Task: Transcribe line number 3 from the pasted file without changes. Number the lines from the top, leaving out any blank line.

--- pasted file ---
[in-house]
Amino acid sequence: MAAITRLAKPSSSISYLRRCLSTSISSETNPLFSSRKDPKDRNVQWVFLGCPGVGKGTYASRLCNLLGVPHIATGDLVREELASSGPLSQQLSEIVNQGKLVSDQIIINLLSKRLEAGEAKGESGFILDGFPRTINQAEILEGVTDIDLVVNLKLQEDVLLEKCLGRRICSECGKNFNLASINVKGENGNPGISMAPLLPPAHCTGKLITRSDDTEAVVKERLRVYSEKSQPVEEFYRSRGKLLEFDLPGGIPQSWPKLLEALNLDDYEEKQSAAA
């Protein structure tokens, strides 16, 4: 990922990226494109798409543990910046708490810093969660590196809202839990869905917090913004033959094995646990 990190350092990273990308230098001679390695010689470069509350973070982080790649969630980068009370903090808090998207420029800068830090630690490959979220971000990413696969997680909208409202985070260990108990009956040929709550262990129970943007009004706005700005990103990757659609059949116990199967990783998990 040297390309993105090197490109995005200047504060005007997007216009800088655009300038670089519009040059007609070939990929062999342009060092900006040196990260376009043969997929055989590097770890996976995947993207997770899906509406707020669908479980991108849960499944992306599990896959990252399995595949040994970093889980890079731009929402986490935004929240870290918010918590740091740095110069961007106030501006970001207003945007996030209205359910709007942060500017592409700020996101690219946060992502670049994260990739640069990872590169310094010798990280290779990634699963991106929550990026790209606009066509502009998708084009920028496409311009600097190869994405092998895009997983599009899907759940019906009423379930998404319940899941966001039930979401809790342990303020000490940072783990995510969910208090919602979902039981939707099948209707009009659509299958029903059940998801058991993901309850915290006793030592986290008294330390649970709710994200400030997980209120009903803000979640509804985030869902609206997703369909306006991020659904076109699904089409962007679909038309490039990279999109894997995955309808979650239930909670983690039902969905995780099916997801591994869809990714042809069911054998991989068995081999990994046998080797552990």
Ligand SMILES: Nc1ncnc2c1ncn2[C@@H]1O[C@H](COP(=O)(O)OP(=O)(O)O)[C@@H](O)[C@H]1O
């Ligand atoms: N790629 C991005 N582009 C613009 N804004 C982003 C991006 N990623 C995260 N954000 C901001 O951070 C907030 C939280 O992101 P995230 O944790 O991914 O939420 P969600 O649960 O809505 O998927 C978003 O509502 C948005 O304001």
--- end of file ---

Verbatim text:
């Protein structure tokens, strides 16, 4: 990922990226494109798409543990910046708490810093969660590196809202839990869905917090913004033959094995646990 990190350092990273990308230098001679390695010689470069509350973070982080790649969630980068009370903090808090998207420029800068830090630690490959979220971000990413696969997680909208409202985070260990108990009956040929709550262990129970943007009004706005700005990103990757659609059949116990199967990783998990 040297390309993105090197490109995005200047504060005007997007216009800088655009300038670089519009040059007609070939990929062999342009060092900006040196990260376009043969997929055989590097770890996976995947993207997770899906509406707020669908479980991108849960499944992306599990896959990252399995595949040994970093889980890079731009929402986490935004929240870290918010918590740091740095110069961007106030501006970001207003945007996030209205359910709007942060500017592409700020996101690219946060992502670049994260990739640069990872590169310094010798990280290779990634699963991106929550990026790209606009066509502009998708084009920028496409311009600097190869994405092998895009997983599009899907759940019906009423379930998404319940899941966001039930979401809790342990303020000490940072783990995510969910208090919602979902039981939707099948209707009009659509299958029903059940998801058991993901309850915290006793030592986290008294330390649970709710994200400030997980209120009903803000979640509804985030869902609206997703369909306006991020659904076109699904089409962007679909038309490039990279999109894997995955309808979650239930909670983690039902969905995780099916997801591994869809990714042809069911054998991989068995081999990994046998080797552990």